When his communication slowed and his dating profile changed again in the days leading up to date #2 (supper at his), I ran scared. I was looking for a relationship; he appeared to be looking to get laid. So I did something I’ve never done before: I lied to get out of the date.

‘Could we rearrange?’ I wound up.

It was a test. I was 99% sure he wouldn’t reschedule.

He did.

In the days that followed, his bio underwent several rewrites. My favourite of his tag lines was ‘Not a complete dickhead’. I badly wanted to believe it.

Read the full article at Singles Warehouse.

CC image courtesy of clarestoker on Flickr

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Joking Aside

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CC Image courtesy of Triple L. on Flickr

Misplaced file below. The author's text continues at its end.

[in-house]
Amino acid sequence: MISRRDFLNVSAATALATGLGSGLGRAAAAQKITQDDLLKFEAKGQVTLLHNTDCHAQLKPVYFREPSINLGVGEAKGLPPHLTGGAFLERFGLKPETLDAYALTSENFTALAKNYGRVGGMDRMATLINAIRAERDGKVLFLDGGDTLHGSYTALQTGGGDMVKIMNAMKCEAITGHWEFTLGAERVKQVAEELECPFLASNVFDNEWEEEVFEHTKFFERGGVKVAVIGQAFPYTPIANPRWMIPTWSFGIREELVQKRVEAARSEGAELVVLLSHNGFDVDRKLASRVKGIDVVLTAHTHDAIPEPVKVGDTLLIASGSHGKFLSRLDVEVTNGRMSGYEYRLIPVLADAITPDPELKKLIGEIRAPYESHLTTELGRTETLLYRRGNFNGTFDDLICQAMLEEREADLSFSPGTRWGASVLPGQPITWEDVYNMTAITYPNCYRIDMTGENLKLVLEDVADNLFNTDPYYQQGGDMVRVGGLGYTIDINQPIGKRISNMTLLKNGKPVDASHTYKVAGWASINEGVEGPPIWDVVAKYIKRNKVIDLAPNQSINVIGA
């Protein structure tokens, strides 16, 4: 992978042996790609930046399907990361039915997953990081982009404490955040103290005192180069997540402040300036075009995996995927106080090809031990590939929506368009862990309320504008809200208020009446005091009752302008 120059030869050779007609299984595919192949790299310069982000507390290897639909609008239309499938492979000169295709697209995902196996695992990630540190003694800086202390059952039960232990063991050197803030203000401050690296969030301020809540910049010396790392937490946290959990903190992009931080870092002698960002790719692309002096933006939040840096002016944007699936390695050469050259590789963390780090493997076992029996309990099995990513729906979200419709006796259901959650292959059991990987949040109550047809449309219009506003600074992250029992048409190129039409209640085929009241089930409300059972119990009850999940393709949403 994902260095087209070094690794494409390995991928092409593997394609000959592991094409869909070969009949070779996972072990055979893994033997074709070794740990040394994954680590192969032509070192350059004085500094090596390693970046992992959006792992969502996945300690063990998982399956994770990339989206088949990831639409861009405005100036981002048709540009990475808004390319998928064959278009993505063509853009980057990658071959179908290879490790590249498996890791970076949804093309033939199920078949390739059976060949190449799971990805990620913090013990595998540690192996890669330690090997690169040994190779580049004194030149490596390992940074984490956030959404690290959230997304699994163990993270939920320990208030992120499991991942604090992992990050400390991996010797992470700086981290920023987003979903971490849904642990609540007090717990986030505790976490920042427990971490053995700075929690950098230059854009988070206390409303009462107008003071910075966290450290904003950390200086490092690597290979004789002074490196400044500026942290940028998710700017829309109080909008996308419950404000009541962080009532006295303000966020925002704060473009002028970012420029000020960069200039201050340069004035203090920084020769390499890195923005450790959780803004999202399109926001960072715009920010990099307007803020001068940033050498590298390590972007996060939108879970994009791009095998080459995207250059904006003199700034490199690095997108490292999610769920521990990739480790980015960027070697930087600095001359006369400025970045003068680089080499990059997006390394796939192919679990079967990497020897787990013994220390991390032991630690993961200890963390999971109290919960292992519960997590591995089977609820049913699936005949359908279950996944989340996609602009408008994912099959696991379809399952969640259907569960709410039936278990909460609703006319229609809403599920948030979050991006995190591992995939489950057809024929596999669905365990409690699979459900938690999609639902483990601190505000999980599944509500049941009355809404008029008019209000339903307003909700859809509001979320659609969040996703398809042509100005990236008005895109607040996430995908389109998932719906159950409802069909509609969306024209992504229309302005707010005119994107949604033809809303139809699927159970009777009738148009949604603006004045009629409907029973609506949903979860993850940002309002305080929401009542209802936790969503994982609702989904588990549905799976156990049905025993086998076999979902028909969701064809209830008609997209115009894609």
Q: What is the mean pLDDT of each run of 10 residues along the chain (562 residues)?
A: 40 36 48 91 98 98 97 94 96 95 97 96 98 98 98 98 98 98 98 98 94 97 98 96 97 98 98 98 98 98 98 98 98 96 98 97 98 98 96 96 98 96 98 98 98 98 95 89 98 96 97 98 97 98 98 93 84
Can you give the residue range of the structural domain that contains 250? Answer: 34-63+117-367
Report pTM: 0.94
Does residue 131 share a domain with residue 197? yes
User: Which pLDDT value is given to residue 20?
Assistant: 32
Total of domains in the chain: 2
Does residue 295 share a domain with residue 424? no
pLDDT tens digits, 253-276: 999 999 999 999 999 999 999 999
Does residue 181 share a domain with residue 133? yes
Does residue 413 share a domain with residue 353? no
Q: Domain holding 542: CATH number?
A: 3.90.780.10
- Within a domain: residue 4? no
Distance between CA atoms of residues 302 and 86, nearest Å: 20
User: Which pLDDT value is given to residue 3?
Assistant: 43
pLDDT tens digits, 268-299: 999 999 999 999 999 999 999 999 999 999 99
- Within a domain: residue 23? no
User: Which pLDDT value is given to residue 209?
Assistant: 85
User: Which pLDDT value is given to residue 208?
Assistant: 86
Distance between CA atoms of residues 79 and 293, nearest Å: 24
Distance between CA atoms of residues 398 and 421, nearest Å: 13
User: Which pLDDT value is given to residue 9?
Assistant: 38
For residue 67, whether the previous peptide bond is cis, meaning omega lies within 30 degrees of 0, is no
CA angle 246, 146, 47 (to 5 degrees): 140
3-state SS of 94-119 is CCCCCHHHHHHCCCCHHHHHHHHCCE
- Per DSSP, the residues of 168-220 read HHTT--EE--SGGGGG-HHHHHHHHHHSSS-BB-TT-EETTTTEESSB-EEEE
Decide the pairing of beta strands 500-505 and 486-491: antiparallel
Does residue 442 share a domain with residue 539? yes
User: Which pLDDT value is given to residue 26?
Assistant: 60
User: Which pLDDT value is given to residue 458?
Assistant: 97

(Continued from Size Matters)

Tristan‘s section is deserted except for him. I double back, lunch in hand, and take the swivel chair next to his. We talk about the singular form of ravioli (my lunch), his recent illness (particularly common in women over 40 apparently), sky-diving as a potential cure.

‘How have you been?’ he says.

‘Good. Been dancing a bit more these last few weeks. Yeah, things have been good.’

‘Any dates?’

‘A few… but I think it’s nearly at an end.’

‘Why?’

‘I don’t think we want the same thing.’

In a ‘sourcing free condoms on my lunch break because he’s not interested in being exclusive‘ kind of a way.

‘We’re not on the same page,’ I add.

‘Is he a slow reader?’ Tristan says. ‘Did you meet at your book club?’

I laugh. Tom would never make a joke like that, which makes me feel slightly better about the whole thing.